Since leaving UH, Jay has served as the chief financial officer and chief of staff for the Big West Conference. Last October, he was named the executive director of the Minnesota Sports Facilities Authority, which oversees U.S. Bank Stadium, home of the Minnesota Vikings. He certainly understands that finding Hawaii’s football team a permanent stadium will be one of the most pressing issues for the school’s next AD.
“I was always concerned that I think the only way you end up getting a new stadium or at least a decent one for the people of Hawaii is the fact that it has to be combined in a public-private partnership,” Jay said. “I think having a private developer come in to help you build this stadium and then build a district around it, business district, entertainment district, housing around is the way that what’s gonna interest a developer into helping you pay for that stadium. I think the $350 million that the legislature has set aside for it as a standalone is not enough, it won’t even come close.
“I mean, when it comes right down to it, it’s either that or else you’re not gonna have a stadium that is 30 to 35,000 seats. It’s gonna be probably significantly less with the cost of how much it is. And so then and the longer you take inflation, cost of materials and things are just gonna keep adding to the total price tag. I fear that if movement doesn’t happen with NASED and the stadium built, it’s gonna be some time before things get started and off the ground.”
Jay credited Matlin for spearheading UH’s efforts to expand the Clarence T.C. Ching Athletics Complex, which has given the Rainbow Warriors a place on Oahu to host games.
“But you got to have hope that this new stadium and the whole business entertainment district happens sooner than later because they need a home, they need a place to play,” Jay says. “And I think that’s what I hope for the next athletic director who’s gonna be able to have to take that problem on.”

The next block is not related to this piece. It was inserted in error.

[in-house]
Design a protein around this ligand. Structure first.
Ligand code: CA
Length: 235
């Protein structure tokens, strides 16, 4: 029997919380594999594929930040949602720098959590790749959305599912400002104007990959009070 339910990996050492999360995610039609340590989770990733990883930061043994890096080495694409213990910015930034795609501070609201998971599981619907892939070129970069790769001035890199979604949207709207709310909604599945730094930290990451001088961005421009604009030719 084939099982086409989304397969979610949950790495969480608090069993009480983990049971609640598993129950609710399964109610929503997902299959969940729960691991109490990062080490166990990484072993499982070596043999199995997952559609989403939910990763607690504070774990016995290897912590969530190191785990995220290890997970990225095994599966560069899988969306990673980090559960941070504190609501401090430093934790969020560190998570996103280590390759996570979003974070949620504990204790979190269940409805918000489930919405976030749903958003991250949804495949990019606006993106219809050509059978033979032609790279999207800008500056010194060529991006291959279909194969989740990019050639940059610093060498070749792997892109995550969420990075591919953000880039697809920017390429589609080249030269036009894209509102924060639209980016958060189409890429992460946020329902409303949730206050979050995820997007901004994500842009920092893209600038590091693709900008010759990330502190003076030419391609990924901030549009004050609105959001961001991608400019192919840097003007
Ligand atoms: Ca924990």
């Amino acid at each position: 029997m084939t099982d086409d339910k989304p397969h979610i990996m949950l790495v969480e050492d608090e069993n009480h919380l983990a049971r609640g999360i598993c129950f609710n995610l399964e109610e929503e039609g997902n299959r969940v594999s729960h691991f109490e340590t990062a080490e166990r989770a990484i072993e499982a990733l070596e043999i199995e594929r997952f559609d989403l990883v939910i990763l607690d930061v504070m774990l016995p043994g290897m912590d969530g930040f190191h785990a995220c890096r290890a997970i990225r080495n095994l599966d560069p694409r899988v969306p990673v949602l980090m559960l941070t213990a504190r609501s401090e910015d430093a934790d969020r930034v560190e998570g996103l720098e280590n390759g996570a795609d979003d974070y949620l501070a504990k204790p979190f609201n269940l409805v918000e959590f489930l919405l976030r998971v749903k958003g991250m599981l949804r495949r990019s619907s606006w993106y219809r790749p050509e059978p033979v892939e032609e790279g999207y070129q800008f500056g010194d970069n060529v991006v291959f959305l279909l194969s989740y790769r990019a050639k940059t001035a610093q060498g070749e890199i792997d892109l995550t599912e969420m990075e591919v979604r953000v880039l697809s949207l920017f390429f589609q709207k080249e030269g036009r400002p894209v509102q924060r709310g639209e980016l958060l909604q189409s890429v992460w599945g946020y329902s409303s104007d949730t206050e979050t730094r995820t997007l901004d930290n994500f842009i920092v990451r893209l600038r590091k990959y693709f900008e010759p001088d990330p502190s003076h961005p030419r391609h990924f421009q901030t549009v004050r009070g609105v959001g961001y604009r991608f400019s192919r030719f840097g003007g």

Even being just months removed from college athletics, Jay understands the landscape of it has changed immensely and will continue to do so.
“It even started while I was (at UH-Manoa). When they started making unlimited meals and things like that and with your resource challenges. … Where am I gonna get the money to pay for this? That first year of unlimited meals, you were talking $450,000 that we didn’t have, it wasn’t budgeted,” Jay recalled. “So, you got to fundraise for it and figure out how you’re gonna pay for it in order to feed the kids.
“You got to take a look at the funding of the program. Where can you get help? I know in the last couple of years they were able to get some funding from from state government and the legislature and things, but when it comes right down to it, the university has to support the program and that’s gonna have to come with more financial support and things, or else you end up falling behind and in your competitiveness and your attractiveness in terms of having the kids come there to the islands.”